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ARS Home » Midwest Area » Peoria, Illinois » National Center for Agricultural Utilization Research » Mycotoxin Prevention and Applied Microbiology Research » Research » Publications at this Location » Publication #314399

Research Project: Genomic Analyses and Management of Agricultural and Industrial Microbial Genetic Resources and Associated Information

Location: Mycotoxin Prevention and Applied Microbiology Research

Title: Analysis of genetic diversity of Fusarium tupiense, the main causal agent of mango malformation disease in southern Spain

item CRESPO, M - University Of Malaga
item CAZORLA, F - University Of Malaga
item DE VICENTE, A - University Of Malaga
item ARREBOLA, E - University Of Malaga
item TORES, J - University Of Malaga
item MAYMON, M - Volcani Center (ARO)
item FREEMAN, S - Volcani Center (ARO)
item AOKI, T - National Institute Of Agrobiological Sciences (NIAS)
item O Donnell, Kerry

Submitted to: Plant Disease
Publication Type: Peer Reviewed Journal
Publication Acceptance Date: 7/22/2015
Publication Date: 2/1/2016
Publication URL:
Citation: Crespo, M., Cazorla, F.M., de Vicente, A., Arrebola, E., Tores, J.A., Maymon, M., Freeman, S., Aoki, T., O'Donnell, K. 2016. Analysis of genetic diversity of Fusarium tupiense, the main causal agent of mango malformation disease in southern Spain. Plant Disease. 100(2):276-286.

Interpretive Summary: The study was conducted to identify fungal pathogens responsible for mango malformation disease (MMD) in southern Spain. MMD is increasingly becoming a constraint to the production of this economically important crop worldwide because infected seedlings have to be destroyed and losses in mature trees can result in an 80% reduction in yield. Because knowledge of pathogen identity and genetic diversity can help inform control measures and the possible source of introduction, pathogen surveys were conducted during 2009 through 2012 of trees exhibiting typical malformation symptoms. Of the 132 Fusarium strains recovered, molecular analyses revealed that 38 of the isolates were F. mangifera, 92 were F. tupiense, and two appeared to represent a novel species closely related to F. phyllophilum. Pathogenicity experiments demonstrated that F. tupiense and the novel Fusarium sp. were capable of inducing typical MMD symptoms on mango. All of the F. tupiense isolates were typed genetically as members of a group that was previously only known from Brazil. Detailed morphological analyses of F. tupiense in pure culture revealed that it could be distinguished from the other MMD pathogens by the production of compact densely-branched spore producing structures in pure culture. The present research should be of interest to plant pathologists, plant breeders, and quarantine officials who are focused, respectively, on developing control measures, breeding cultivars with broad based resistance to the disease, and preventing the introduction and spread of MMD in mango growing regions worldwide.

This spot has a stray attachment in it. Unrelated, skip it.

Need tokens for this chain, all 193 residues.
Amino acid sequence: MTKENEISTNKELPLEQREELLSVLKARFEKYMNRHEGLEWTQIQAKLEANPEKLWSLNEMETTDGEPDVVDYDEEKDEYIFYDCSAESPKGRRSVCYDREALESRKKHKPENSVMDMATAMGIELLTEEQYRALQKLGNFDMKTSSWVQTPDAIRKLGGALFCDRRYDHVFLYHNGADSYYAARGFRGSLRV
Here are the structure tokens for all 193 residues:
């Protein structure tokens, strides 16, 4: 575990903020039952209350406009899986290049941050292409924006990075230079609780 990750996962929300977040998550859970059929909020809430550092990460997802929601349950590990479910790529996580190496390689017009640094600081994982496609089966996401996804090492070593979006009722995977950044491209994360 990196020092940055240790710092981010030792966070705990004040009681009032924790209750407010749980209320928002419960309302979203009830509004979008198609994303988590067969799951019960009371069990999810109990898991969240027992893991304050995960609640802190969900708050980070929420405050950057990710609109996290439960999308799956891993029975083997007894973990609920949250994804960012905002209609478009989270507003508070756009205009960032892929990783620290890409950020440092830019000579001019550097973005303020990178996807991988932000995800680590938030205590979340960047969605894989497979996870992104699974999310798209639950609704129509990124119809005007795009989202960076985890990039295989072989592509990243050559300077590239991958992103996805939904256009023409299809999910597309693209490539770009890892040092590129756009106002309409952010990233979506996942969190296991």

Technical Abstract: Mango malformation disease (MMD) has become an important global disease affecting this crop. The aim of this study was to identify the main causal agents of MMD in the Axarquía region of southern Spain and determine their genetic diversity. Fusarium mangiferae was previously described in the Axarquía region but it represented only one-third of the fusaria recovered from malformed trees. In the present work, fusaria associated with MMD were analyzed by arbitrary primed polymerase chain reaction (ap-PCR), random amplified polymorphic DNA (RAPD), vegetative compatibility grouping (VCG), a PCR screen for mating type idiomorph, and phylogenetic analyses of multilocus DNA sequence data to identify and characterize the genetic diversity of the MMD pathogens. These analyses confirmed that 92 of the isolates were F. tupiense, which was previously only known from Brazil and Senegal. In addition, two isolates of a putatively novel MMD pathogen were discovered, nested within the African clade of the Fusarium fujikuroi species complex. The F. tupiense isolates all belonged to VCG I, which was first described in Brazil, and the 11 isolates tested showed pathogenicity on mango seedlings. Including the prior discovery of F. mangiferae, three exotic MMD pathogenic species have been found in southern Spain, which suggests multiple independent introductions of MMD pathogens in the Axarquía region.